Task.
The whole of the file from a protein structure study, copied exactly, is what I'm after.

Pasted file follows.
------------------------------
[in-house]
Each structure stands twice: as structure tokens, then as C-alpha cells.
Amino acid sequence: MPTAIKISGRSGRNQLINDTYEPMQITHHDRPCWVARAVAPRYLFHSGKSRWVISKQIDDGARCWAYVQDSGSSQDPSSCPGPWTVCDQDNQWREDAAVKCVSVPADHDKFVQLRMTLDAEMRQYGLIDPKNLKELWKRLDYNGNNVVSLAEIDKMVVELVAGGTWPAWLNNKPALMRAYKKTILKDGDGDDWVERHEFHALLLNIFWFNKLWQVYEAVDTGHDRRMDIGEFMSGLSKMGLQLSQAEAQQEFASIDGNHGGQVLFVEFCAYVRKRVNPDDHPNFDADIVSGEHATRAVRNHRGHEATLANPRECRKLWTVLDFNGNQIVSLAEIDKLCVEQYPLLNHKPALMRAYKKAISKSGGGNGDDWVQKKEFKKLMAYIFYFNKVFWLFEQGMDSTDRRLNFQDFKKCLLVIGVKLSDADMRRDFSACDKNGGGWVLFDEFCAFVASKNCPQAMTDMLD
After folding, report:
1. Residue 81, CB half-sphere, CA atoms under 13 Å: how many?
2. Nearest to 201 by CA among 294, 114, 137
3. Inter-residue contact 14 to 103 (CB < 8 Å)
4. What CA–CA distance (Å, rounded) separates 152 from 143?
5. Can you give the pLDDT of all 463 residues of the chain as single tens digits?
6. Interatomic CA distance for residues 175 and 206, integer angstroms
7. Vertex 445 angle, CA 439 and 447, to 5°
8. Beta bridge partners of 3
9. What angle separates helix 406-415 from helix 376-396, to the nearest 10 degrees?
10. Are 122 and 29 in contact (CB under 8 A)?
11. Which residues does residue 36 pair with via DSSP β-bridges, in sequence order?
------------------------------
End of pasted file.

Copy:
[in-house]
Each structure stands twice: as structure tokens, then as C-alpha cells.
Amino acid sequence: MPTAIKISGRSGRNQLINDTYEPMQITHHDRPCWVARAVAPRYLFHSGKSRWVISKQIDDGARCWAYVQDSGSSQDPSSCPGPWTVCDQDNQWREDAAVKCVSVPADHDKFVQLRMTLDAEMRQYGLIDPKNLKELWKRLDYNGNNVVSLAEIDKMVVELVAGGTWPAWLNNKPALMRAYKKTILKDGDGDDWVERHEFHALLLNIFWFNKLWQVYEAVDTGHDRRMDIGEFMSGLSKMGLQLSQAEAQQEFASIDGNHGGQVLFVEFCAYVRKRVNPDDHPNFDADIVSGEHATRAVRNHRGHEATLANPRECRKLWTVLDFNGNQIVSLAEIDKLCVEQYPLLNHKPALMRAYKKAISKSGGGNGDDWVQKKEFKKLMAYIFYFNKVFWLFEQGMDSTDRRLNFQDFKKCLLVIGVKLSDADMRRDFSACDKNGGGWVLFDEFCAFVASKNCPQAMTDMLD
After folding, report:
1. Residue 81, CB half-sphere, CA atoms under 13 Å: how many?
2. Nearest to 201 by CA among 294, 114, 137
3. Inter-residue contact 14 to 103 (CB < 8 Å)
4. What CA–CA distance (Å, rounded) separates 152 from 143?
5. Can you give the pLDDT of all 463 residues of the chain as single tens digits?
6. Interatomic CA distance for residues 175 and 206, integer angstroms
7. Vertex 445 angle, CA 439 and 447, to 5°
8. Beta bridge partners of 3
9. What angle separates helix 406-415 from helix 376-396, to the nearest 10 degrees?
10. Are 122 and 29 in contact (CB under 8 A)?
11. Which residues does residue 36 pair with via DSSP β-bridges, in sequence order?